This comprises 82,500 bopd from the Jubilee fields and 50,000 bopd from Tweneboa-Ntomme-Enyenra (TEN) offshore oil fields. This is contained in the financial and operating results of Kosmos Energy for the first quarter of 2017. The report said the Jubilee Floating Storage and Offloading vessel (FPSO) Kwame Nkrumah turret remediation work made good progress during the quarter.
It explained that FPSO Kwame Nkrumah was temporarily spread moored at its current heading in late February, which allowed the tugboats previously required to hold the vessel on a fixed heading to be removed, simplifying operations and reducing costs.
The next phase of the remediation work involves modifications to the turret for long-term spread-moored operations and planning for this work is ongoing amongst the partnership and the Government of Ghana.
Kosmos anticipates that the financial impact of lower Jubilee production as well as the additional expenditures associated with the repair to the FPSO and the additional costs of the interim operating procedures will continue to be mitigated through a combination of the Hull and Machinery (H&M) insurance, procured on behalf of the partnership, and the Loss of Production Income (LOPI) insurance procured by Kosmos.
As of the first quarter of 2017, Kosmos has net approved claims of $154 million from its LOPI and H&M insurers with $142 million of cash received at March 31, 2017.
The report said production from TEN in the first quarter averaged approximately 50,000 bopd and is on track to achieve the operator’s 2017 guidance of 50,000 bopd.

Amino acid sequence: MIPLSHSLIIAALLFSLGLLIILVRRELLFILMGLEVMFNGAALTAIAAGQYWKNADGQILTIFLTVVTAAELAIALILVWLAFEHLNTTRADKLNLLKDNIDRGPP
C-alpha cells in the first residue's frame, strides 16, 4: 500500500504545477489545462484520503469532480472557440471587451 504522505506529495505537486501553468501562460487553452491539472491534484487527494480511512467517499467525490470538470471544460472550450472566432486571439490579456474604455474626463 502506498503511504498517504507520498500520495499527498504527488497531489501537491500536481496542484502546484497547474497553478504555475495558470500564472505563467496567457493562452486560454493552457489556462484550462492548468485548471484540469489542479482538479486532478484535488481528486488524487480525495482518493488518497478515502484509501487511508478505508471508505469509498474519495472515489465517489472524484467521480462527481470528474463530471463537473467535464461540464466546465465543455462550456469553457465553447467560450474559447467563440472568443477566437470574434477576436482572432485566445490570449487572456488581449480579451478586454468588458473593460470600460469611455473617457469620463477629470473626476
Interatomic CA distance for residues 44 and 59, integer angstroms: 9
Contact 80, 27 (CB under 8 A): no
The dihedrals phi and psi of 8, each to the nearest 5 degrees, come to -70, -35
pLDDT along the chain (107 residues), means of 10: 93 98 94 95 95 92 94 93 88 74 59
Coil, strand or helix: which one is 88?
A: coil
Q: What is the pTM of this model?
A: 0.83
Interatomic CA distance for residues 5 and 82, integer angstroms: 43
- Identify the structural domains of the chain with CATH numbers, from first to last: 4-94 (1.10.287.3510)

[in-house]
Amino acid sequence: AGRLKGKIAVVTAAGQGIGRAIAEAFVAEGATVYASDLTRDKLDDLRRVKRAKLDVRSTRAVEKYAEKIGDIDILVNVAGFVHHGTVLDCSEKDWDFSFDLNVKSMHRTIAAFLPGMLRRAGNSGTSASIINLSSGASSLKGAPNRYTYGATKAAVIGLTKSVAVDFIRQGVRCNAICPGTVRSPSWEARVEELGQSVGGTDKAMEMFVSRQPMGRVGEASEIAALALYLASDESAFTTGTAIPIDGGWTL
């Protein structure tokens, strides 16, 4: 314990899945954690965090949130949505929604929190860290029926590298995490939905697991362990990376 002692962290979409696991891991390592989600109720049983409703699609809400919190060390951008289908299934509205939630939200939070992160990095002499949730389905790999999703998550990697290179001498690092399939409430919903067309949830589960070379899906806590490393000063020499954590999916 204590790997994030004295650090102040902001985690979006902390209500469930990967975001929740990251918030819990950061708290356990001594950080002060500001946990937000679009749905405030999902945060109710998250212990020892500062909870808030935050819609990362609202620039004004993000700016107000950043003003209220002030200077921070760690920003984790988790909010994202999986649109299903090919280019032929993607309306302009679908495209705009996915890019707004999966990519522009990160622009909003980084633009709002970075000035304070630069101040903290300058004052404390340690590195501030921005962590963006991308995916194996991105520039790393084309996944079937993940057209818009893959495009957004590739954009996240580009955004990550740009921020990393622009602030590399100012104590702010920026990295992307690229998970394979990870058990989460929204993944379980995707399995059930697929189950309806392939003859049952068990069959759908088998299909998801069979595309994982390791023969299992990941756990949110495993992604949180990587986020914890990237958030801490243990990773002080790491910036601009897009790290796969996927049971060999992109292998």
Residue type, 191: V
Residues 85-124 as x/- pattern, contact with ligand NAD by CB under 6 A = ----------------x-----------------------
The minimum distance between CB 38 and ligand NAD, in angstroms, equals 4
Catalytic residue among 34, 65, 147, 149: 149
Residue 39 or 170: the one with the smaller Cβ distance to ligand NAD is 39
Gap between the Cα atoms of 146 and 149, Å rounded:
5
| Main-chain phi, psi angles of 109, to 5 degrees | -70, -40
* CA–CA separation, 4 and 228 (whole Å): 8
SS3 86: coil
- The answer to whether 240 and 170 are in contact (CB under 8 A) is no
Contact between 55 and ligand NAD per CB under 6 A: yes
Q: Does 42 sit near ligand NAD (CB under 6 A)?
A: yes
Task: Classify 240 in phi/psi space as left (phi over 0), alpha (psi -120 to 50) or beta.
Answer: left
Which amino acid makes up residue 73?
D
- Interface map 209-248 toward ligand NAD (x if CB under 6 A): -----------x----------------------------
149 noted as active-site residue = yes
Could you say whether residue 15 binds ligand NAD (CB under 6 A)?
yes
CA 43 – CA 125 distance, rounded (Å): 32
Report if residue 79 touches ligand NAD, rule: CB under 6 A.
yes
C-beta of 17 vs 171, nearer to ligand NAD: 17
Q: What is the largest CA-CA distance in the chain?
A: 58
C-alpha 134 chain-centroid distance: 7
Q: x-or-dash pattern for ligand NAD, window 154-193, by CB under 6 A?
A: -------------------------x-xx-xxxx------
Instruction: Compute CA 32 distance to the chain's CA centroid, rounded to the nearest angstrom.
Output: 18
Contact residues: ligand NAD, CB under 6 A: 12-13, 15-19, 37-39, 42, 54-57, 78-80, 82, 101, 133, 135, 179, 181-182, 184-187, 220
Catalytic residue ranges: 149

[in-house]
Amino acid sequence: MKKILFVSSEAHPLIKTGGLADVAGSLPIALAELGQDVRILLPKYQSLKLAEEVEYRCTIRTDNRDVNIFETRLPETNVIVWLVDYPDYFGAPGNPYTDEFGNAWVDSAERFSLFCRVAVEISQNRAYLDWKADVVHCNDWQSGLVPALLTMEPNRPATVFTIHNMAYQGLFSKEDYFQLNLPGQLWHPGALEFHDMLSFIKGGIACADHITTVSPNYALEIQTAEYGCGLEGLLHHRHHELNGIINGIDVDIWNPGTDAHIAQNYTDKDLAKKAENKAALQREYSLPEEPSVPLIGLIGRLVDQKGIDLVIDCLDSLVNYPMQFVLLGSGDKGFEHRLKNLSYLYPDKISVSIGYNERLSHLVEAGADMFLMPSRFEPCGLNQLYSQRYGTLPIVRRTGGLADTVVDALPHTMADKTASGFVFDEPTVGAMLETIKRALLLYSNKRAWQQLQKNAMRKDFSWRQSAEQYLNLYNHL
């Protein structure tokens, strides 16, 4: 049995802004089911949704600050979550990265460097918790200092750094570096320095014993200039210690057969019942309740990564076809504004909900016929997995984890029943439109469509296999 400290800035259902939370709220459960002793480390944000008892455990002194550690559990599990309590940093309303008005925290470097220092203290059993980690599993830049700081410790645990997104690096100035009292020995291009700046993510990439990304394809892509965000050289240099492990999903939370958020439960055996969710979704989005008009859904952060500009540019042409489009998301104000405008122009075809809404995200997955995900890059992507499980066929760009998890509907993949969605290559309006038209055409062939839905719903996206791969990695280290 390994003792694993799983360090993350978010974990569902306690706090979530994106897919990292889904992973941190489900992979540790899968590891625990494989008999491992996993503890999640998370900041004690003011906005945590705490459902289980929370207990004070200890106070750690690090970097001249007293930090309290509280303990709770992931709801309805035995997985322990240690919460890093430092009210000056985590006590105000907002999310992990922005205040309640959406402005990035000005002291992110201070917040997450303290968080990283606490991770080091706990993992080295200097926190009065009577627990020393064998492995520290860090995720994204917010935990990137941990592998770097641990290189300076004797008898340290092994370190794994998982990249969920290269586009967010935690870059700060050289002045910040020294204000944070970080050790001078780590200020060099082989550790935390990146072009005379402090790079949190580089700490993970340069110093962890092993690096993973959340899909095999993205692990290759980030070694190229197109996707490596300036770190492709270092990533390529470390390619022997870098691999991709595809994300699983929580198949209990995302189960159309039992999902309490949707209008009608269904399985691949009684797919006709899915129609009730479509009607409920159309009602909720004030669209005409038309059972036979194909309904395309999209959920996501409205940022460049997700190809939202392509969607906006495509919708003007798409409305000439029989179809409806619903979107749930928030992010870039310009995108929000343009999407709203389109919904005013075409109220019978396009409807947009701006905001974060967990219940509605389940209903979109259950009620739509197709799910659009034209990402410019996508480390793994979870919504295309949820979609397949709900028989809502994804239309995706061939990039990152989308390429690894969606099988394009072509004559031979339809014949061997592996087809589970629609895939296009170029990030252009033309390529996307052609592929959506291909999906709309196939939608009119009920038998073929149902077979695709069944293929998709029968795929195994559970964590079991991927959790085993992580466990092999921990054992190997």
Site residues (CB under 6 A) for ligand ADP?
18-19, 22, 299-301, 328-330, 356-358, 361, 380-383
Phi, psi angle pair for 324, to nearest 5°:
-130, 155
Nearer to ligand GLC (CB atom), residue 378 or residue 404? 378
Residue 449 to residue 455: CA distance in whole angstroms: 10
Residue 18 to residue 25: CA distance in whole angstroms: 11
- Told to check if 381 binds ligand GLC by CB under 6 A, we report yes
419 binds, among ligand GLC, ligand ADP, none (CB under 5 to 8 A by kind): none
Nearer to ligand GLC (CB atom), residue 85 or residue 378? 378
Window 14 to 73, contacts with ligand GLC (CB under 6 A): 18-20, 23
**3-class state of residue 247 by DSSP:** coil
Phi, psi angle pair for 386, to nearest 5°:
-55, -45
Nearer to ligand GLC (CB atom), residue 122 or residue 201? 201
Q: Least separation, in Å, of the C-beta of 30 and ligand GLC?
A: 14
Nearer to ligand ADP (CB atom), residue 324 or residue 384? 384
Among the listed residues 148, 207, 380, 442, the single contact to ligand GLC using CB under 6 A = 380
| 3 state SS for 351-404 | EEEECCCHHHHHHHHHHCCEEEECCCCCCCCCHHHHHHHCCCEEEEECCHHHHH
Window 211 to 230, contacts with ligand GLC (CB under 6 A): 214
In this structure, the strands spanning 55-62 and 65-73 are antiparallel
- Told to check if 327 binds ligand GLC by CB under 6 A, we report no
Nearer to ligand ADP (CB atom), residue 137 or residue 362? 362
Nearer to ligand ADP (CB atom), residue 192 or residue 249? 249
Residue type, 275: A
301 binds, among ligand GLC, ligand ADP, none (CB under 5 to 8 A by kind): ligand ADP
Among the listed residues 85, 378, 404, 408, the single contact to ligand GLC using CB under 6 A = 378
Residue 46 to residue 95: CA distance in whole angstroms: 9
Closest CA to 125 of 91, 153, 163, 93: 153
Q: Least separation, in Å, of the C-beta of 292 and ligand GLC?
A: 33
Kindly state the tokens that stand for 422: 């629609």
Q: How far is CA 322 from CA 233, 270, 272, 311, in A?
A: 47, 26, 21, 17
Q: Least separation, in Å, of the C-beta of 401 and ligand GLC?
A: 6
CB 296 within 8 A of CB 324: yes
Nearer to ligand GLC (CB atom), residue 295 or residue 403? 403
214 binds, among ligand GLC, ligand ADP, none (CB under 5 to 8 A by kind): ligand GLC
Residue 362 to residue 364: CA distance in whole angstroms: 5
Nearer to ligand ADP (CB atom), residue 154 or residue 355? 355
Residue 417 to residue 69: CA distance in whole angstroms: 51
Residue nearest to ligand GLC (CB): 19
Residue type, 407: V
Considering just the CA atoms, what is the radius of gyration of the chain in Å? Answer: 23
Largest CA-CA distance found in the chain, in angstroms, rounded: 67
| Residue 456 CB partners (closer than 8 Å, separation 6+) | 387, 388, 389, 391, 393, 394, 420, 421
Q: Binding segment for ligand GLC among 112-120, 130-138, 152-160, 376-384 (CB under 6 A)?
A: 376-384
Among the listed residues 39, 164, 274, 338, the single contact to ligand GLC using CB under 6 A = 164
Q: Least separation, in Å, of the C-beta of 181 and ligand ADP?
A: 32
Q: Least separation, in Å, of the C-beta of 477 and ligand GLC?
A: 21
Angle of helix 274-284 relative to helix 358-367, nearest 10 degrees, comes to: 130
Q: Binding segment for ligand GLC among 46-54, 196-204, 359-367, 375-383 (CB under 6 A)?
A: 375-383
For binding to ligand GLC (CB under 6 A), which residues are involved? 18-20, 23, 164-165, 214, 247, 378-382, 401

“During periods throughout the quarter production levels exceeded 50,000 bopd and the partnership is continuing to optimize topside equipment to increase field production levels”.
“Kosmos has reduced its net capex budget for 2017 to $150 million, from the previously announced $175 million, after refining cost estimates for the 2017 work program.
“Approximately $75 million of the budget is allocated to Ghana, excluding Jubilee Turret remediation costs which are expected to be mitigated by insurance proceeds, and approximately $75 million is allocated to exploration, including seismic and new ventures costs.
“The 2017 net capex budget of $150 million represents a more than 75 percent decrease from our 2016 net capex budget,” the report revealed.
Gloablly, Kosmos Energy generated a net loss of $28.8 million, or $0.07 per diluted share as compared to net loss of $59.0 million or $0.15 per diluted share in the same period last year for the first quarter of 2017.
When adjusted for certain items that impact the comparability of results, the company generated an adjusted net loss (1) of $42.7 million or $0.11 per diluted share for the first quarter of 2017. “Kosmos is off to a strong start executing on our plan in 2017,” said Andrew G. Inglis, chairman and chief executive officer.
“The strong cash flow generation of the business in combination with the closing of our Mauritania and Senegal transactions with BP, has allowed Kosmos to improve its financial strength.
In addition, our continued exploration success with the Yakaar-1 well in Senegal, supports our belief that the basin is one of the largest petroleum systems to be opened along the Atlantic Margin.”
First quarter 2017 oil revenues were $103 million versus $62 million in the same quarter of 2016, on sales of 2million barrels of oil in 2017 as compared to 1.9 million barrels in 2016.
First quarter 2017 oil revenues exclude $11 million of derivative settlements. Realized oil revenues, including the impact of the Company’s hedging program, were $58.12 per barrel of oil sold in the first quarter of 2017 compared to $62.64 per barrel of oil sold in the year-ago quarter.
Kosmos currently has approximately 5 million barrels of oil hedged in 2017 and approximately 6 million in 2018 with an average floor price of approximately $59 per barrel and $53 per barrel, respectively.
At the end of the quarter, the Company was in a net underlift position of approximately 0.8 million barrels of oil.